As seminarians training for ministry in Christ’s Church, one of the greatest temptations we need to heed is that of pride. Or, more specifically, what the Church Fathers called “vainglory.” One dictionary defines vainglory as “inordinate pride in oneself or one’s achievements.” There will often be times when God uses his ministers in powerful ways — healing prayer ministry, celebrating the sacraments, church growth, sermons that help lead people to repentance and restoration. For this very reason, we must guard against the spirit of vainglory that would creep in and make us think we possess something that others do not have, or that heightens our dignity above others, or simply makes us feel special, or self-satisfied.
The Tractarians of the Oxford Movement took the moral life very, very seriously. As a young man, Edward Pusey – an Oxford Movement leader – was made canon of Christ Church and Regius Professor of Hebrew at Oxford in the same year. Such advancement in the ecclesial and academic world might lead one to think highly of oneself. But Pusey remained vigilant against the temptation of such vainglory, and lived an ascetic life. Today, I’d like to share some of his words with you. Striking words, but pertinent and powerful, especially for future clergy:
Know thyself. Pray God to show thee thyself. Bear in God’s light to see thyself, bared of all outward advantages, what thou thyself hast made thyself, what thou hast been, what thou art. By God’s grace, the sight will never again let thee be proud.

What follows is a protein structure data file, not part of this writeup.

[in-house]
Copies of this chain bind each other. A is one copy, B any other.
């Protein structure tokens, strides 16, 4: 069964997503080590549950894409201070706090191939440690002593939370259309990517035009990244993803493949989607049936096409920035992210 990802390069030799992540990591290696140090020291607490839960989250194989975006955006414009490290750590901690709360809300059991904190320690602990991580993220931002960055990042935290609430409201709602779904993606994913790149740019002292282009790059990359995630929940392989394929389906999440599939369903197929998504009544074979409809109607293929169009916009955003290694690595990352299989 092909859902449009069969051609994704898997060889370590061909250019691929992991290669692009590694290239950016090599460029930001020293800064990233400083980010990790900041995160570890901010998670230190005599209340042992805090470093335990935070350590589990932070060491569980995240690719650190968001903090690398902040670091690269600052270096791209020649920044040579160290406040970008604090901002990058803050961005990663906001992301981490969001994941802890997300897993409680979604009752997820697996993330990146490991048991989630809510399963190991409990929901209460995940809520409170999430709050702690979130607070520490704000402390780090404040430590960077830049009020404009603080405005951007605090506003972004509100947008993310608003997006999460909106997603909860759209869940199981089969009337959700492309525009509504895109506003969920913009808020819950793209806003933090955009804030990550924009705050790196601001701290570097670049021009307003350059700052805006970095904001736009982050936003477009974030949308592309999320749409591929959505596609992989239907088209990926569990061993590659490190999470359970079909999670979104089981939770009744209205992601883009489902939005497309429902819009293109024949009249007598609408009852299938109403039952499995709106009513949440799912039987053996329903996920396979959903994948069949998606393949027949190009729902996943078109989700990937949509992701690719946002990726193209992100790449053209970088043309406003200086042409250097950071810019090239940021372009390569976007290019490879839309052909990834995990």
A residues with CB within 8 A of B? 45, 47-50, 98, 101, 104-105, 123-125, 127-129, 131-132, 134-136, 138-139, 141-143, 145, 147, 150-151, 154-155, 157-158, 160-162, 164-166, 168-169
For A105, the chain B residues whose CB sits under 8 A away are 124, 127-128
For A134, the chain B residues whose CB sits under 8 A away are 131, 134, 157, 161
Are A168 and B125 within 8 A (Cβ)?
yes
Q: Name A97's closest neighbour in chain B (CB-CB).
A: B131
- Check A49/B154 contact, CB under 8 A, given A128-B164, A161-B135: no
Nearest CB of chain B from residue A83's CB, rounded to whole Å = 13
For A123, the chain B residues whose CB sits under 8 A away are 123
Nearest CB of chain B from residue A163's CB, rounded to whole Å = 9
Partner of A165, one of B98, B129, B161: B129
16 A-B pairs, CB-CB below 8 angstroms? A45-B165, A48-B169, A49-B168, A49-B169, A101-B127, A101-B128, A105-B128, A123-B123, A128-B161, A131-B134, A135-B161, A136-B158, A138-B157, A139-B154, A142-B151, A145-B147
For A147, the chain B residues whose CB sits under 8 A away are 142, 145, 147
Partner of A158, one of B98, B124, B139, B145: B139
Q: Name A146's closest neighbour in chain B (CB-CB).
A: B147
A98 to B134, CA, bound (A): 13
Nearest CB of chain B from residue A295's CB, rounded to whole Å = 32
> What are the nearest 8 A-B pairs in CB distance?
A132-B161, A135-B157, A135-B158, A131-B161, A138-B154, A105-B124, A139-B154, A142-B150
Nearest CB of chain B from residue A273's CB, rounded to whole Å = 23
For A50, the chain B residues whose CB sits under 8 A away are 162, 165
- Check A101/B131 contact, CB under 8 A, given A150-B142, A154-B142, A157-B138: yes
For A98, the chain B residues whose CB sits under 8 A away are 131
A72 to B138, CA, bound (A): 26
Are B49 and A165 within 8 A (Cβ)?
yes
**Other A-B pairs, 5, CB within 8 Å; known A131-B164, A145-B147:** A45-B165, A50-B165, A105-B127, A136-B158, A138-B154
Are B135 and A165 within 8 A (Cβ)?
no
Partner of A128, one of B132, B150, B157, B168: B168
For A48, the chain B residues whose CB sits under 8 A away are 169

Keep ever present with thee the knowledge of thine own infirmity. Never seek praise, nor speak of any good in thee, except for some good end, nor say what may draw out praise. Yea, rather if it be useful to speak of thine own experience, it is best mostly to hide, in some true way, that it is thine own.
Do not even blame thyself, if it makes others think thee humble. Mistrust thyself in everything, and in the very least things, seek, whenever thou canst remember it, the help of God.
Be afraid of the praise of others. If there be good in thee, own it, at least, in thy heart, to be God’s, and think of thy evil and thy sins.
Take patiently any humiliation from others. It is a precious gift of God. ‘Humiliation is the way to humility, as patience to peace, reading to knowledge.’ If thou endurest not to be humbled, thou canst not be humble.
In all things, humble thyself under the Hand of God. Take all things, through whomsoever they come, from Him.
Do not excuse thyself, if blamed, unless respect or love, or the cause of truth and of God require it. It is more value to thee to detect one grain of fault in thyself, than to show to another that thou deservest not, as it were, a hundredweight of blame.
Be not careful to conceal any ignorance or fault in thee, unless it would hurt another to know that thou hast it.
Do willingly humble offices, humbly.
Give way to all, in all things in which thou mayest.